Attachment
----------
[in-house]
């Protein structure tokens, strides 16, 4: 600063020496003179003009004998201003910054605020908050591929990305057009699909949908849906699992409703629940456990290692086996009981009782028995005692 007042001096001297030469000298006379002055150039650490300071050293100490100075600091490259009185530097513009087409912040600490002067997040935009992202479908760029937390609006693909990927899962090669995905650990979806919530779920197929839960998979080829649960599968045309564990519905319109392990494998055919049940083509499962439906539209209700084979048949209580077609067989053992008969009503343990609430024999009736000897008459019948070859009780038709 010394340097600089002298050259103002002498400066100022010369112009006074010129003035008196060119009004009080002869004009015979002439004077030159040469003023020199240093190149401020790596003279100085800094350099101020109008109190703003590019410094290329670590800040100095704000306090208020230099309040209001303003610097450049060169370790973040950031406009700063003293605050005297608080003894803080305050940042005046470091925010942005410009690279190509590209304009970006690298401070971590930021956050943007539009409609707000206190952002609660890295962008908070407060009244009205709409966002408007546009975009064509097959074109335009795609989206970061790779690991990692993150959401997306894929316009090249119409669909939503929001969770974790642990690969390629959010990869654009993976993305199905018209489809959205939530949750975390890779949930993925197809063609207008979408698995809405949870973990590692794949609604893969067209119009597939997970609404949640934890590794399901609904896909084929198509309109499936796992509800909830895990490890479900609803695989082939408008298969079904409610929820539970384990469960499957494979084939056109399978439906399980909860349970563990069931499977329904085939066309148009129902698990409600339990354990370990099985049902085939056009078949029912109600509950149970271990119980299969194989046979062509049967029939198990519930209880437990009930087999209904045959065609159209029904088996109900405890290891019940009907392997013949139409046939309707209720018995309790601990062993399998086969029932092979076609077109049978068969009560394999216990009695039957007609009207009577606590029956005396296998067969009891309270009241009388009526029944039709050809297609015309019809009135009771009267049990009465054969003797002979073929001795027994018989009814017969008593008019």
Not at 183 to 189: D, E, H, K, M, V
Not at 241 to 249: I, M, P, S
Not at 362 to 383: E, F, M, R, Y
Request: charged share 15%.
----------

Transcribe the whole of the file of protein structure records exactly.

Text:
[in-house]
């Protein structure tokens, strides 16, 4: 600063020496003179003009004998201003910054605020908050591929990305057009699909949908849906699992409703629940456990290692086996009981009782028995005692 007042001096001297030469000298006379002055150039650490300071050293100490100075600091490259009185530097513009087409912040600490002067997040935009992202479908760029937390609006693909990927899962090669995905650990979806919530779920197929839960998979080829649960599968045309564990519905319109392990494998055919049940083509499962439906539209209700084979048949209580077609067989053992008969009503343990609430024999009736000897008459019948070859009780038709 010394340097600089002298050259103002002498400066100022010369112009006074010129003035008196060119009004009080002869004009015979002439004077030159040469003023020199240093190149401020790596003279100085800094350099101020109008109190703003590019410094290329670590800040100095704000306090208020230099309040209001303003610097450049060169370790973040950031406009700063003293605050005297608080003894803080305050940042005046470091925010942005410009690279190509590209304009970006690298401070971590930021956050943007539009409609707000206190952002609660890295962008908070407060009244009205709409966002408007546009975009064509097959074109335009795609989206970061790779690991990692993150959401997306894929316009090249119409669909939503929001969770974790642990690969390629959010990869654009993976993305199905018209489809959205939530949750975390890779949930993925197809063609207008979408698995809405949870973990590692794949609604893969067209119009597939997970609404949640934890590794399901609904896909084929198509309109499936796992509800909830895990490890479900609803695989082939408008298969079904409610929820539970384990469960499957494979084939056109399978439906399980909860349970563990069931499977329904085939066309148009129902698990409600339990354990370990099985049902085939056009078949029912109600509950149970271990119980299969194989046979062509049967029939198990519930209880437990009930087999209904045959065609159209029904088996109900405890290891019940009907392997013949139409046939309707209720018995309790601990062993399998086969029932092979076609077109049978068969009560394999216990009695039957007609009207009577606590029956005396296998067969009891309270009241009388009526029944039709050809297609015309019809009135009771009267049990009465054969003797002979073929001795027994018989009814017969008593008019």
Not at 183 to 189: D, E, H, K, M, V
Not at 241 to 249: I, M, P, S
Not at 362 to 383: E, F, M, R, Y
Request: charged share 15%.